The Alt-Right Are Savvy Internet Users. Stop Letting Them Surprise You
Far-right YouTube is the internet age equivalent of conservative talk radio: It’s a place for ultra-conservative commentators to react vehemently, personally, emotionally to the news of the day and the creeping horrors of American progressivism. But while the commentators—who range in ideology from mainstream libertarian to openly white nationalist—certainly owe a debt to Glenn Beck and Sean Hannity in their tone and style, their strategy is all Pewdiepie and Jeffree Star and Team Ten. Which is to say, they play to YouTube’s algorithms, just like anyone who is trying to become a star.
A recent study from Data & Society, Alternative Influence: Broadcasting the Reactionary Right on YouTube, details how far right YouTubers manufacture authenticity and countercultural appeal, game the attention economy to boost their views, and use that influence to build a supportive (and sometimes lucrative) network for themselves.
If you’re familiar with the influencer economy, those beats will sound familiar. Stripped of ideology, Alex Jones’ business model isn’t so different than a Kardashian’s—he just sells different vitamins. Far-right YouTube is ultimately just YouTube; the racists and conspiracy theorists who have found homes there aren’t just crazy cranks, they’re influencers. It might seem odd that people can relate to racist ranters in the same intimate way others relate to makeup gurus, but it isn’t. Regardless of whether you're spewing hate or showing off your Target hauls, YouTube's reward systems work based on behavior, indiscriminately of content—something no amount of fact-checking will fix.
Often, the digital machinations of far-right groups are depicted as happening under the cover of shadowy places like 4chan, but far-right YouTubers aren’t hiding anything—they’re defending “race realists” (read: unabashed racists) and men’s rights activists on the second most popular social media forum for news. “It gets less mainstream attention because there’s this assumption that people only want to mess with formal news outlets,” the paper's author Rebecca Lewis says, referring to Russian misinformation and the bots and trolls trying to bamboozle reporters. “But there’s actually this whole separate world that doesn’t follow any of the conventions of news, but is where people are getting their information.”
She calls it YouTube’s Alternative Influence Network, and it is hardly a depopulated internet backwater. By Lewis’s count, this network is made up of about 65 political influencers across 81 channels who represent a spectrum of right-wing ideologies, but are united by their dislike of things like political correctness and “social justice warriors,” and their approach to spreading ideas. Instead of co-opting the techniques of journalists, these far-right YouTubers are imitating other influencers. They establish their authenticity like any vlogger: Look directly into a camera you set up in an intimate location like your bedroom, address your audience like friends, and weave big ideas together with anecdotes from your own life.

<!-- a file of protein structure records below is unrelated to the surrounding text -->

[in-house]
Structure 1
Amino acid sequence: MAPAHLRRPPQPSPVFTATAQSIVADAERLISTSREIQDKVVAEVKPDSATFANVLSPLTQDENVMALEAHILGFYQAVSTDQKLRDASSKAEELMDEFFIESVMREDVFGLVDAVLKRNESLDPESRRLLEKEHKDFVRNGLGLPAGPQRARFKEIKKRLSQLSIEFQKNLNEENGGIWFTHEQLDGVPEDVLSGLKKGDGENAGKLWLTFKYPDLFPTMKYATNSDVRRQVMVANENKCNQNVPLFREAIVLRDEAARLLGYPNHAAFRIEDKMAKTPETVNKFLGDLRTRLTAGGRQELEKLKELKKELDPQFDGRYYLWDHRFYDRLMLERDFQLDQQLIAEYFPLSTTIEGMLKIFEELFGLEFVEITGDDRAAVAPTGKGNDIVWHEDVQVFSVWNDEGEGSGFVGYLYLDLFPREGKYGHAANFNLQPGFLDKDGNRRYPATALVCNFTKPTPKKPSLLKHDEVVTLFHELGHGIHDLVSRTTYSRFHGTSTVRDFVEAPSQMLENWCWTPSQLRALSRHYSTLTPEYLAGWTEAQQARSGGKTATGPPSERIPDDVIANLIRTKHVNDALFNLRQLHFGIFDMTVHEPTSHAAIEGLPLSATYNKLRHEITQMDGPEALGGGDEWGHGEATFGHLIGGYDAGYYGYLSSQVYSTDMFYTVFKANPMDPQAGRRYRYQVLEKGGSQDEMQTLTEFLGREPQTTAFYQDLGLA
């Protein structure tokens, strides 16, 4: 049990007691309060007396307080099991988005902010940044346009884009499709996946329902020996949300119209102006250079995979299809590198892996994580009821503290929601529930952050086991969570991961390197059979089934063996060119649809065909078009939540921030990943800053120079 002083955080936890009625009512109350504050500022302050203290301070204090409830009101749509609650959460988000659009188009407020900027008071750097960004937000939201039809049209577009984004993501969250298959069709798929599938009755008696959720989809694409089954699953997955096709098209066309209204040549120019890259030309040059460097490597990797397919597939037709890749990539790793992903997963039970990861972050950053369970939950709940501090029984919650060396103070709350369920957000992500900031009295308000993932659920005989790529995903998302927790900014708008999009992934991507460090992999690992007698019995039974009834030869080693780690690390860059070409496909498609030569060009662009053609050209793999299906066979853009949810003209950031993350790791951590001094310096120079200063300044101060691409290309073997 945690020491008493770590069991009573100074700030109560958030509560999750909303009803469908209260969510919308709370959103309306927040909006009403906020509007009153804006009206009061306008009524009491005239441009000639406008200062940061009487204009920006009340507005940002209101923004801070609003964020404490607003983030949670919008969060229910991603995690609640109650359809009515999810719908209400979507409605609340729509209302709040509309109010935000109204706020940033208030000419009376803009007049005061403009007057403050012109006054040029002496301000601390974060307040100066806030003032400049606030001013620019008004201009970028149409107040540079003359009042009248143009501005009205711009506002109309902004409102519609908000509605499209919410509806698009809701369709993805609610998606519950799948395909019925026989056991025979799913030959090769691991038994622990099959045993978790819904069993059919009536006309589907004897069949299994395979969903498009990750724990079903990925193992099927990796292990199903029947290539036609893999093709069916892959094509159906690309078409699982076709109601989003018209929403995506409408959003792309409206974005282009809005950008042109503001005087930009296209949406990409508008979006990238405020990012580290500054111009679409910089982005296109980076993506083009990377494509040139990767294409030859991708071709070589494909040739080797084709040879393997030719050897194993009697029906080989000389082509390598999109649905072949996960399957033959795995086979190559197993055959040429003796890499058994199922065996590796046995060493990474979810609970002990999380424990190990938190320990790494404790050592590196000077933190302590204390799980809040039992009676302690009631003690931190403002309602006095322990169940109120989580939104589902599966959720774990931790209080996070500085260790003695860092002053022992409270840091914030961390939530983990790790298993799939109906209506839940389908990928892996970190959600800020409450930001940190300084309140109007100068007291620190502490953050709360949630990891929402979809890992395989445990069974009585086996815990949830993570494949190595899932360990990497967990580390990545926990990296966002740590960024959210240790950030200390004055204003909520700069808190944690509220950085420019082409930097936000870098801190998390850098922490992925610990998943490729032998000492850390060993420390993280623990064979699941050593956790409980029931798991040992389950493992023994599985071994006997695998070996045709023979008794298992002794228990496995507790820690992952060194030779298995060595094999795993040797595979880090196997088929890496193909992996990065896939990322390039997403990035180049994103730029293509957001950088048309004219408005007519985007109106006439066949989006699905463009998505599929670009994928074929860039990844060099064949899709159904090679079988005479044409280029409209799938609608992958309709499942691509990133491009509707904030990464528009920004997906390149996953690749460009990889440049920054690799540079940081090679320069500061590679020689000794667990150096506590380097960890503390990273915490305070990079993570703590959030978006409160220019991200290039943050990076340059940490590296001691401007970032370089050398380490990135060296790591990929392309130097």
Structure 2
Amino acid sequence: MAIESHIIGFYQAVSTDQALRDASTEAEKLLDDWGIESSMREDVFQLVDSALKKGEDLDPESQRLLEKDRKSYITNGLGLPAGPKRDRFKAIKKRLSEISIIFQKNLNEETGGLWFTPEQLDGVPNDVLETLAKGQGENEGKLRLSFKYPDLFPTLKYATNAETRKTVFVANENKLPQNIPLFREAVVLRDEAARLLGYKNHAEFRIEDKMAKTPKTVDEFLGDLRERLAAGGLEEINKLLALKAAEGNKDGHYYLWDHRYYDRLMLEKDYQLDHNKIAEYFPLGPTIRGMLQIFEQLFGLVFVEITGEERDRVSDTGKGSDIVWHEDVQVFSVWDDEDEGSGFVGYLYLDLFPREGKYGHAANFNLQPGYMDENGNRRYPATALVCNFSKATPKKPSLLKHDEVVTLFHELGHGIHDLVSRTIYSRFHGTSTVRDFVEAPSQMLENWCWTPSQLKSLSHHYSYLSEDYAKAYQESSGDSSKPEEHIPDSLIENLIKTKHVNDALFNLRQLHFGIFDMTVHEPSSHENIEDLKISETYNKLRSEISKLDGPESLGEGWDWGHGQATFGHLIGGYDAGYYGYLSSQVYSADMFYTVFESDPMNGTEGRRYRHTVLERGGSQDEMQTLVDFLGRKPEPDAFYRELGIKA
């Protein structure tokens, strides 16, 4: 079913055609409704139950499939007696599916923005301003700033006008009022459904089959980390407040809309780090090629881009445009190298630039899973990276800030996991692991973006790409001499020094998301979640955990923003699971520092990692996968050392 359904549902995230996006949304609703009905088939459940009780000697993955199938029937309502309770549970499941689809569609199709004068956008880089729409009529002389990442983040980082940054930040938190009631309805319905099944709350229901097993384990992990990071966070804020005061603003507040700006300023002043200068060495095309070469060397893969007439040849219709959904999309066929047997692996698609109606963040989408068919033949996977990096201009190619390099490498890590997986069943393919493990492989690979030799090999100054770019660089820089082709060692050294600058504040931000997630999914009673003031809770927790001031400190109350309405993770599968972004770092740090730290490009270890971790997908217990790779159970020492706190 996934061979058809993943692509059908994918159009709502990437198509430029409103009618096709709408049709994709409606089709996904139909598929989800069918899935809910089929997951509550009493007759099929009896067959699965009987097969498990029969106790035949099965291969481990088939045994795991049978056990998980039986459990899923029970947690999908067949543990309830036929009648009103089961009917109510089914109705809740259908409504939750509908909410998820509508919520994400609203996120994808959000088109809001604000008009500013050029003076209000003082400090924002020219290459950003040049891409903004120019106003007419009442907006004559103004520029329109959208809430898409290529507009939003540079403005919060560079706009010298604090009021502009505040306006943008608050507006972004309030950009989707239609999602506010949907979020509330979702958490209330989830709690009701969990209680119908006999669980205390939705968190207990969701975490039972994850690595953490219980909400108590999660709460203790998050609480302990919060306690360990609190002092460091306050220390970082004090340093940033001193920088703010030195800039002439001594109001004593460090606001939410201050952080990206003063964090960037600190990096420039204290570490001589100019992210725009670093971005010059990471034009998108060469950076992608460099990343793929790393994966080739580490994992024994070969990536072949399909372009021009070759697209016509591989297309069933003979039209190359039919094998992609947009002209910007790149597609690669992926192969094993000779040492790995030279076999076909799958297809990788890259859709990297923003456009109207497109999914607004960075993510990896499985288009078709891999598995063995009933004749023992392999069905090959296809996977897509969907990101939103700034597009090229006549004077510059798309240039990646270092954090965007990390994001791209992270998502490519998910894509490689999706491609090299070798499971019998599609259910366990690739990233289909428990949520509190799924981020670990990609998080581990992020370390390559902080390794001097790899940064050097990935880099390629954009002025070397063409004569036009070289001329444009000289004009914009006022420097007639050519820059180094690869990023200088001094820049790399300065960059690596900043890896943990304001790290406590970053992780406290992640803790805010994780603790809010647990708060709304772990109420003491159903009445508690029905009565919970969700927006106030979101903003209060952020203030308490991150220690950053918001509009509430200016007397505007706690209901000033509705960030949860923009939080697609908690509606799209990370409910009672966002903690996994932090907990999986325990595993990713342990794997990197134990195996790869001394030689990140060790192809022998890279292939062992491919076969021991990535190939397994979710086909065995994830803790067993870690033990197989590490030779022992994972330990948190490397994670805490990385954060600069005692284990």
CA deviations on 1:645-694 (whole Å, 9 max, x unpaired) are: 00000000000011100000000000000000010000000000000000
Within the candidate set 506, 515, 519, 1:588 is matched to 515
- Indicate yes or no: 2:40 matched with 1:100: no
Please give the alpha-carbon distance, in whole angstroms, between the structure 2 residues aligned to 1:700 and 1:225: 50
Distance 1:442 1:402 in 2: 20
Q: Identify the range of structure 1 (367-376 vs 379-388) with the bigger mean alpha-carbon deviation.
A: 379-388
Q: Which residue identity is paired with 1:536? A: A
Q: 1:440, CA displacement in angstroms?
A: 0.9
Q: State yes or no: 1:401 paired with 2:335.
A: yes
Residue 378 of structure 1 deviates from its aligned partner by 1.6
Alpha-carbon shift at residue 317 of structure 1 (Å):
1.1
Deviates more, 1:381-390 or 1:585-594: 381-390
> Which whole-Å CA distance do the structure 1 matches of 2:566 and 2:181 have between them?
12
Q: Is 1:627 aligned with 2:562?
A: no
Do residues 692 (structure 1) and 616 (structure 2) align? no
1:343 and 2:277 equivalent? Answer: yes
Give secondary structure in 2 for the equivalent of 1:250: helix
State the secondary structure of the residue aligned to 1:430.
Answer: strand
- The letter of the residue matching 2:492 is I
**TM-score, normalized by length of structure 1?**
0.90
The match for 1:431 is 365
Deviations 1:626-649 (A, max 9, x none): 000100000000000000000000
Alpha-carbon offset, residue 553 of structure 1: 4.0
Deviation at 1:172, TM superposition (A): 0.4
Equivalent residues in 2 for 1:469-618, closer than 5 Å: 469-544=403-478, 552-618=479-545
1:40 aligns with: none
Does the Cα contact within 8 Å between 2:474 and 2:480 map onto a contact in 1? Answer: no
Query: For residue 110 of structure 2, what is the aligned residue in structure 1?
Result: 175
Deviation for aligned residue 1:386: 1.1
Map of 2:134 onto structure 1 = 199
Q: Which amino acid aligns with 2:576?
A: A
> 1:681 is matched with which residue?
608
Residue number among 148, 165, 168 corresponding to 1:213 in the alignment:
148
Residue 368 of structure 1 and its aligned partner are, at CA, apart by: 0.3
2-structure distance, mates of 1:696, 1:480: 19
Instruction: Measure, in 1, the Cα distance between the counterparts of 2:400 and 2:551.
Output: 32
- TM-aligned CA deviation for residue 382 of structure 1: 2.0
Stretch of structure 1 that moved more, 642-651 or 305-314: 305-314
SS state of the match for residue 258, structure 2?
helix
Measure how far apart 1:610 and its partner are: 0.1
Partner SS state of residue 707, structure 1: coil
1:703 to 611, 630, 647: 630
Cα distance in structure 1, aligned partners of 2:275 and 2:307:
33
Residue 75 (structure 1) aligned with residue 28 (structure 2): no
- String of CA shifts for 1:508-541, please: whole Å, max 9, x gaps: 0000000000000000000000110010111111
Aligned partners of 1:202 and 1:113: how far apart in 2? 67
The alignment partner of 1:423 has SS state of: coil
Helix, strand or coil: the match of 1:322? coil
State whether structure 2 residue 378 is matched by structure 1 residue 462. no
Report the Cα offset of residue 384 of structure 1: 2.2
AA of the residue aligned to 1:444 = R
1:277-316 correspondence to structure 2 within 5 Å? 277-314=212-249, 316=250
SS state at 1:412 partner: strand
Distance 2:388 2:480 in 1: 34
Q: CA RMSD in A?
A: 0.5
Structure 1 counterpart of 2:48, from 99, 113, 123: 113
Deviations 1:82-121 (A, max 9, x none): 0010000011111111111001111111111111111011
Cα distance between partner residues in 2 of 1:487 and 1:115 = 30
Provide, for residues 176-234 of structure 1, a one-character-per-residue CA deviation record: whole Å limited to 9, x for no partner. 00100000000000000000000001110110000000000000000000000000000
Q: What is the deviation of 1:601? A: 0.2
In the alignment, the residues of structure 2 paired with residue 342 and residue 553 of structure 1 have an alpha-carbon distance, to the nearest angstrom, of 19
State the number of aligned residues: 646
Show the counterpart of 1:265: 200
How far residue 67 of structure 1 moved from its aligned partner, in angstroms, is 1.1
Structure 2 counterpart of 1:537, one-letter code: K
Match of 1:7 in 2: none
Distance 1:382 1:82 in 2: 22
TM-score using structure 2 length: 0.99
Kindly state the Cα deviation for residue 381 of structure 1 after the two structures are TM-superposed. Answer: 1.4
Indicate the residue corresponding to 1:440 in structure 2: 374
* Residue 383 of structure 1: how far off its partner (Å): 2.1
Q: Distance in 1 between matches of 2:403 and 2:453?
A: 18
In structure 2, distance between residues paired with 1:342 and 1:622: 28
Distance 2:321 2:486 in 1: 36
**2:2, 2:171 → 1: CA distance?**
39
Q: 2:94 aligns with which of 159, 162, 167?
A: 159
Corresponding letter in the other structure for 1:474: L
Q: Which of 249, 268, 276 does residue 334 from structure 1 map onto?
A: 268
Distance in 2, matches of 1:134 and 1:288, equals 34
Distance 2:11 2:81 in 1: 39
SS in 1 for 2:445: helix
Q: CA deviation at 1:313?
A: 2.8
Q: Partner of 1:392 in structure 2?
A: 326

Once your cred is established with your audience, you can use that clout to call your detractors out as “fake” and expect, not just to be believed, but also to gain countercultural appeal. That’s how Pewdiepie weathered damning exposes of his anti-Semitism, and how Tana Mongeau turned being snubbed by Vidcon into an opportunity to lure thousands of teens to her own event, the scandalously ill-planned Tanacon. It’s also how far-right YouTubers convince their viewers to disregard the mainstream media.
But YouTube determines what content gets promoted and monetized. YouTube’s Alternative Influence Network has also learned to sell their ideas like other YouTubers sell products: They post testimonials about how much good far-right politics has done for them, they use their own celebrity to give their ideas some glamor, hijack keywords to make sure they come up in your searches, and engineer small scandals to make themselves newsworthy.
And because YouTube has tied its financial incentives, not only to hours spent watching YouTube, but also audience growth, everyone on the platform is trying to attract an infinite number of viewers. Once you cross the threshold of 1,000 subscribers (and 4,000 hours watched), you’re eligible for YouTube’s Partner Program, and can start earning a small cut of the money made from running ads on your videos. The cut increases as your channel grows. Despite their controversial and (one would think) brand-unfriendly topics, some of these far-right YouTubers have graduated to even higher echelons of the platform’s reward system. Infowars’ Paul Joseph Watson received the coveted Gold Play Button plaque YouTube sends to creators who have reached one million followers without violating community standards. Others have sponsorships from big names like the Koch Brothers.
That’s the attention economy: It doesn’t matter what you’re saying, as long as people are listening and willing to buy things. Which leaves watchdogs short on solutions. Without YouTube’s help, it’s going to be difficult to stop people with bad ideas from using a platform exactly the way they’re supposed to.“Fact checking won’t solve this, and neither will source verification. Their appeal is that they’re outside these mainstream systems,” Lewis says. “We’re asking Facebook and Twitter to address systemic problems baked into their platforms. It’s important we do the same with Youtube.”
Even with YouTube’s help, any solution that isn’t an eternal game of content moderation whack-a-mole is years away. So it’s time to stop being surprised when the far-right is good at the internet. It’s time to expect to see them trending, and hold platforms accountable when they do.